How to Set Things Up for Your Cat Sitter Before You Leave Town


There are time when you need to leave town or be gone for a few days and, you need to leave your cat(s) behind. If you’re anything like me, you worry about all the possible things that could go wrong that could affect your cat’s health and safety. But worry is never good for any of us, and I’ve always suspected that our cats pick up on our worry. It can’t be good for them, either. So, it’s in everyone’s best interest to set up things smoothly for your cat sitter — whether a professional, a good friend, or even a neighbor — so that cat-watching goes well and is as problem-free as possible.

Here are some tips on how you can make the process as easy and pain-free as possible for your cat sitter and your cat(s).

Make your instructions clear; orient your cat sitter

Take the time to gather all of your instructions ahead of time, and go over them with your cat watcher ahead of time. Some things that seem like easy routines to you may be missed or overlooked by someone who is not familiar with (your) cats.

For example, if it’s important that your cat get a specific amount of food per day, make this clear to the pet watcher. If you have several cats, and one must have different or special food, the pet watcher needs to understand why that’s important. The pet watcher also needs to know the best way to carry out these instructions. For example: If it works best to feed the cat with different food in a separate room, point that out. Try to think of everything, and try to put yourself in the mindset of a person unfamiliar with your cats and your routines.

Make a checklist for your cat sitter, if your situation calls for it. Make sure your sitter has good and quick access to emergency phone numbers (such as your veterinarian), and make sure that your sitter knows the location of your vet. Naturally, make sure that your sitter can easily reach you, and knows your itinerary.

Make arrangements with the vet

What if something happens while you are gone? Even if the pet sitter is willing to get your cat to the vet, you will greatly facilitate things if you let the veterinarian’s office know that you will be gone. See if you can prepay, so that the cat sitter runs into no snags on their end. For such cases in the past, I’ve given vets a credit card number in case of emergency. If your vet knows and trusts you well, or you’re a long-time customer, they may carry a balance until you return and pay for any accrued bills.

Along these lines, it’d be a good idea to have cat carriers ready and easily accessible, in case the sitter needs to make a quick trip to the vet with your cat. You never want these things to happen, and they usually don’t. In my many years of watching my friend’s cats, I only had it happen once, and thankfully, it was nothing serious.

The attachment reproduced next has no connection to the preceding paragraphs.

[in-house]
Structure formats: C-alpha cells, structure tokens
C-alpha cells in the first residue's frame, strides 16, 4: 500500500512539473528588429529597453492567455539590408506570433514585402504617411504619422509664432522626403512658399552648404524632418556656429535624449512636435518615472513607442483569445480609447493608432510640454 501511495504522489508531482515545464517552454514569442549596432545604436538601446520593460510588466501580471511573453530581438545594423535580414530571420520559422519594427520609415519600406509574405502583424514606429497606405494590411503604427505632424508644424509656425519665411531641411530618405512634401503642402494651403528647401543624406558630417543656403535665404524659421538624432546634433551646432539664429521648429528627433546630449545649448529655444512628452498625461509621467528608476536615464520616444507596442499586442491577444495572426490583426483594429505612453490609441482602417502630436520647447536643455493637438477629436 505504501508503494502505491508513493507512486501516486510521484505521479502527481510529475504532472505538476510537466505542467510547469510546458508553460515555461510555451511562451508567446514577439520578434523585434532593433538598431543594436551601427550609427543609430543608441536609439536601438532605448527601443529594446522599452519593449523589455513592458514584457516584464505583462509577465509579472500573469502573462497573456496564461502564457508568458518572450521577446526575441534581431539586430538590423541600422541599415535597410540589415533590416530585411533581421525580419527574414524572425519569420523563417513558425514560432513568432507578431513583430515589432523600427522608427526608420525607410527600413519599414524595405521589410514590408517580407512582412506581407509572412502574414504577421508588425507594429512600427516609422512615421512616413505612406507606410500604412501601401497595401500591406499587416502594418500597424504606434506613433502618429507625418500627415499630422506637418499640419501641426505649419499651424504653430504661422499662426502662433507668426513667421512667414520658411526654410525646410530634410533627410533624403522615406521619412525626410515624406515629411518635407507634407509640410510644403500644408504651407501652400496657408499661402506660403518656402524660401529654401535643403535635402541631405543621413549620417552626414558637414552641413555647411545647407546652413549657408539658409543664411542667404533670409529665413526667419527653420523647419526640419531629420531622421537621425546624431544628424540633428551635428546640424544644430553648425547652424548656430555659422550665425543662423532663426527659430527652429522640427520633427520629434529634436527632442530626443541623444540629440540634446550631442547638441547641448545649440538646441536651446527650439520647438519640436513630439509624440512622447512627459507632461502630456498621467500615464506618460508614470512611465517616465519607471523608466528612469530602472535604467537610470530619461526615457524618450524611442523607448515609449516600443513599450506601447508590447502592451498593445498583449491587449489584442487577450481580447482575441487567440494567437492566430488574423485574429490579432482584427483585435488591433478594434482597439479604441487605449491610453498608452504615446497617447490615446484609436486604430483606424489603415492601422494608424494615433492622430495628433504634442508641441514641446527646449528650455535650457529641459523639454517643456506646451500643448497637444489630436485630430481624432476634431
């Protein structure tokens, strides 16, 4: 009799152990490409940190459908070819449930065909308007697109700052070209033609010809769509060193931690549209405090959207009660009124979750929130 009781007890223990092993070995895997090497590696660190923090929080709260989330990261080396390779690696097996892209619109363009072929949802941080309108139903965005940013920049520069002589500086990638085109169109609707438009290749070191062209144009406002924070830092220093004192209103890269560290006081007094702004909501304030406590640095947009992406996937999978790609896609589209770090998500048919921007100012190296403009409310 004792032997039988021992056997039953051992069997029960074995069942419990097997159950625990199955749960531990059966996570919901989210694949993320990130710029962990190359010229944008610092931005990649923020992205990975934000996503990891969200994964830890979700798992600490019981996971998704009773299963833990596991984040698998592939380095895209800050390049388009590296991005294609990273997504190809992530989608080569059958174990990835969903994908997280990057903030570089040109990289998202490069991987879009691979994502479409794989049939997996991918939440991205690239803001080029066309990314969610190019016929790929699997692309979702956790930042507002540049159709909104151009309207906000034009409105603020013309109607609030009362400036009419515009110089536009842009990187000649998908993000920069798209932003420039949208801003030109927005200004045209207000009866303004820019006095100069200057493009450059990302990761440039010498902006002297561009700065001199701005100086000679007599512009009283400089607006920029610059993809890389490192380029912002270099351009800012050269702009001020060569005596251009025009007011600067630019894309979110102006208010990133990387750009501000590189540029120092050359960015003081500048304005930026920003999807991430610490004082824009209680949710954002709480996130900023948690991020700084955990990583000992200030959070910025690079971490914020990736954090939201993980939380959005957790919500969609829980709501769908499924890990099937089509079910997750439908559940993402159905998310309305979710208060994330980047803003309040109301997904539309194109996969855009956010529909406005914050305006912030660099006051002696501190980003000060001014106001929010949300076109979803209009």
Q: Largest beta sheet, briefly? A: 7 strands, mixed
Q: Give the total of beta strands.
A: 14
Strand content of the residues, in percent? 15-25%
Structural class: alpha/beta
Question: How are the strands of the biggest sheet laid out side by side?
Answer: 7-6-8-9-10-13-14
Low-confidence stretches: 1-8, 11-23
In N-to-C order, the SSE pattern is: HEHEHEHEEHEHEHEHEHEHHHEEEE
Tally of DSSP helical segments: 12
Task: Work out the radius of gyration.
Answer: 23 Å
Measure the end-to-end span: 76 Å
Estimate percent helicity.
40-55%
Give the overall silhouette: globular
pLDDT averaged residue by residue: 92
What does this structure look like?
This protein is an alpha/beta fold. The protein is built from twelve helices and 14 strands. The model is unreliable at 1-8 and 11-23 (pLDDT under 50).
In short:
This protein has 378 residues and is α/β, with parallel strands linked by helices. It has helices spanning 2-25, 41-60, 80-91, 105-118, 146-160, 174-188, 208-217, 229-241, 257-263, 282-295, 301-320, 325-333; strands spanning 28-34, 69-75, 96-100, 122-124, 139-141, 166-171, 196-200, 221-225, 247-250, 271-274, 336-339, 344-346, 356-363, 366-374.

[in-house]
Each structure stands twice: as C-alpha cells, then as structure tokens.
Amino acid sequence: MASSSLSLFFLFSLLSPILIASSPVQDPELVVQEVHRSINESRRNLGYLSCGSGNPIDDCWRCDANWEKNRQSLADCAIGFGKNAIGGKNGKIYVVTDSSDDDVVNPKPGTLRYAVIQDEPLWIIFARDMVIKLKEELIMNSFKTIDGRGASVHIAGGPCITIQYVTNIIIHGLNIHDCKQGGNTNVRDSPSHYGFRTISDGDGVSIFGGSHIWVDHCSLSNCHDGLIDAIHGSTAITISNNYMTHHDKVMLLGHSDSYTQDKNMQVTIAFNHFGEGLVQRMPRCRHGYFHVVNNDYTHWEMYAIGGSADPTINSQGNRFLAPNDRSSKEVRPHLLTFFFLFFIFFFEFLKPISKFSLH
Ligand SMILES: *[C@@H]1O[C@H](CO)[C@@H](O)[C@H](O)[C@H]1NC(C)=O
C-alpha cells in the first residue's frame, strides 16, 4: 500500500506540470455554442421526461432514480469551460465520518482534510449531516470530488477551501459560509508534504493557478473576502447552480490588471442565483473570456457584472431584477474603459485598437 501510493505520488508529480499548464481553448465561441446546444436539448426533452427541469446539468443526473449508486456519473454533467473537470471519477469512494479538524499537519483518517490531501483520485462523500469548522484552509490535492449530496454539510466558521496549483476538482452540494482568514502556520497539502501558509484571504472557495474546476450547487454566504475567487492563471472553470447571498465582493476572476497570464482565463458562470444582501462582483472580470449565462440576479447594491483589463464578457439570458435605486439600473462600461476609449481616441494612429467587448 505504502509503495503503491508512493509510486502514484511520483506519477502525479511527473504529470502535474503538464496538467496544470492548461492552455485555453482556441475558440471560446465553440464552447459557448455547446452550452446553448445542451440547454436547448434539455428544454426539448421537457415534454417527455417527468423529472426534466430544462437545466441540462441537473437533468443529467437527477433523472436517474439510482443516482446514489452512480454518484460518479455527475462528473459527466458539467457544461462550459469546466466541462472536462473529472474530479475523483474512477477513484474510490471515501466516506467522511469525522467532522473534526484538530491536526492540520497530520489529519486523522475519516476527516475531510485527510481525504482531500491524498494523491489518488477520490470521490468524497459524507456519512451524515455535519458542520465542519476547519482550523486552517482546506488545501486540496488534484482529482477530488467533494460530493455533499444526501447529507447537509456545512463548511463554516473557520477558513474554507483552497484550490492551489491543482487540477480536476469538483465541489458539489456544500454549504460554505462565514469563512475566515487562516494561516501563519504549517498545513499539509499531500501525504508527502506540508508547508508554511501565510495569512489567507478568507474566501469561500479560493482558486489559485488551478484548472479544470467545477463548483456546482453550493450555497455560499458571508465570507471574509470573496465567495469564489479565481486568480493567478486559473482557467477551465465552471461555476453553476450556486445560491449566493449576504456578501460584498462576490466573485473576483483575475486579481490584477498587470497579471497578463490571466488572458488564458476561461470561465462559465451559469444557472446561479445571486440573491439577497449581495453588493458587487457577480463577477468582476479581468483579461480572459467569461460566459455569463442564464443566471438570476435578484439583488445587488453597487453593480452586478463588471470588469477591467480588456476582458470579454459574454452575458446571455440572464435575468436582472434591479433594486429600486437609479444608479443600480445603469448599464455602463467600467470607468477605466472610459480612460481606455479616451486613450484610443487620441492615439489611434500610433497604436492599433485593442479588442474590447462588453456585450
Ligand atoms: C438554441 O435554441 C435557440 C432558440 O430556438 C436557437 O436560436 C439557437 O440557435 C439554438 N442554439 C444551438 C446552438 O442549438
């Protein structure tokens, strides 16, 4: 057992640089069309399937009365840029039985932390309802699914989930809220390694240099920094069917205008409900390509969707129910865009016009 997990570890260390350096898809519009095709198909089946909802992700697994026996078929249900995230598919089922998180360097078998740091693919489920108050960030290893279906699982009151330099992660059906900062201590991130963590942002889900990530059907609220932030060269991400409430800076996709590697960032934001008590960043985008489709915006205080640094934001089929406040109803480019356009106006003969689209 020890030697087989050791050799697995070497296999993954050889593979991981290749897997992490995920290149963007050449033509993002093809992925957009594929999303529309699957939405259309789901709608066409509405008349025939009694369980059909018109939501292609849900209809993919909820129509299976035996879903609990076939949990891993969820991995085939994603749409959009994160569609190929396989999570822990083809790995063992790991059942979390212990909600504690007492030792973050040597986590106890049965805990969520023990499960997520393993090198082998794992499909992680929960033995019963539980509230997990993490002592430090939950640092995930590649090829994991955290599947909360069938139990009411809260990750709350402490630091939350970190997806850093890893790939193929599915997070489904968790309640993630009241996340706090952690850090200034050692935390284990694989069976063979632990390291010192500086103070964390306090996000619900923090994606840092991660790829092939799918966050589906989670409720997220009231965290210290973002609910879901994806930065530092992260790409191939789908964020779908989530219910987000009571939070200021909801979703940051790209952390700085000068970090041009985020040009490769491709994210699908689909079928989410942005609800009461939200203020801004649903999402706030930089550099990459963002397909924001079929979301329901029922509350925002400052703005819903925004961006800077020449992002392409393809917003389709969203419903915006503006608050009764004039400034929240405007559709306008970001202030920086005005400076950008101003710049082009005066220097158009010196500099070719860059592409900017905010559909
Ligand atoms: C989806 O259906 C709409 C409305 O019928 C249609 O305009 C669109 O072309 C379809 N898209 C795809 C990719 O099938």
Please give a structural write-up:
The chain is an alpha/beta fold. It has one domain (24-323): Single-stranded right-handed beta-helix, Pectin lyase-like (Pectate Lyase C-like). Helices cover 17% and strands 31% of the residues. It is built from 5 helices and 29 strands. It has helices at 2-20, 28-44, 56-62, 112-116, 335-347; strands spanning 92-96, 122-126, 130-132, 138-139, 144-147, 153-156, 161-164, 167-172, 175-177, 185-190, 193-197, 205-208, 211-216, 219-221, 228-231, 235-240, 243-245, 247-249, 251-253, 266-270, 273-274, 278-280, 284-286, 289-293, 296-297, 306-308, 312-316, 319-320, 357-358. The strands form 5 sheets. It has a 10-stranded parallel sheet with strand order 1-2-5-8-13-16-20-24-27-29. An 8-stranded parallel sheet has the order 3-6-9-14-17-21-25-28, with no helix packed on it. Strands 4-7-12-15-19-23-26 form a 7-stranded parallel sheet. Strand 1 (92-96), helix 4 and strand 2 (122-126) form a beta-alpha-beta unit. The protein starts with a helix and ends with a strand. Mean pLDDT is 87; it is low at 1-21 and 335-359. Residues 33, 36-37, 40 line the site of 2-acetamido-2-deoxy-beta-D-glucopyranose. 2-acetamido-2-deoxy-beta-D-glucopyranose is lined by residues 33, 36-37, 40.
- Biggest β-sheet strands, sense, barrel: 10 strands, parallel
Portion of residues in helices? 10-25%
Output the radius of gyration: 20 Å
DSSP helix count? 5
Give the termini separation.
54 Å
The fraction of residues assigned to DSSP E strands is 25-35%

Think through all the scenarios

Not to be negative, but think about everything that could possibly go wrong while you’re gone, or could prevent your cat watcher from taking care of your cats. Then, make plans so that you lessen the chance of these things happening.

If you live in snow country, for example, will the cat sitter be able to to get in your driveway (if you have one) or have access to your living space? Are there doors in your house that a cat could inadvertently close and trap themselves in a room? Prevent that from happening beforehand. Are there cords out that a bored cat would chew on or could possibly get hurt with? Are there things that could fall over and hurt your cat?

Of course, some of these are things you want to think about all the time, but bored cats without the companionship of their people may get into more trouble. Try to become your cat for a moment and imagine that your people are gone. What kind of trouble could you get into? Then, arrange things so that trouble doesn’t happen.

Describe your cats

Finally, put yourself in the shoes of the sitter. They may not know your cats well. Tell them about the personality of each cat. If there’s a place that the cat hates to be touched, the sitter needs to know that. If the cat is normally lively and extroverted (even with strangers), and the cat hides under the bed during your absence, it may be valuable for the sitter to know that this is not normal behavior for your cat.

I was watching some cats and a dog for my niece recently and noticed the dog eating grass on day three of my stint. I knew that this was not normal behavior for this dog. I contacted my niece, who was grateful for the information. The dog sometimes gets a nervous stomach when his people are gone. My niece told me to give the dog a probiotic, which she had for this purpose. She was grateful that I had taken the time to notice this unusual behavior. You will want your sitters to be aware of unusual behavior too, so do everything you can to educate them about what’s usual and unusual for your cats.

I’m sure you all have suggestions about how to best prepare your cat watcher when you have to be gone; share your thoughts in comments, please!

More on cat sitters:

About Catherine Holm: Told that she is funny but doesn’t know it, accused of being an unintentional con artist by her husband, quiet, with frequent unannounced bursts into dancing liveliness, Cat Holm loves writing about, working for, and living with cats. She is the author of the cat-themed memoir Driving with Cats: Ours for a Short Time, the creator of Ann Catanzaro cat fantasy story gift books, and the author of a short story collection about people and place. She loves to dance, be outside whenever possible, read, play with cats, make music, do and teach yoga, and write. Cat lives in the woods, which she loves as much as really dark chocolate, and gets regular inspiration shots along with her double espresso shots from the city.

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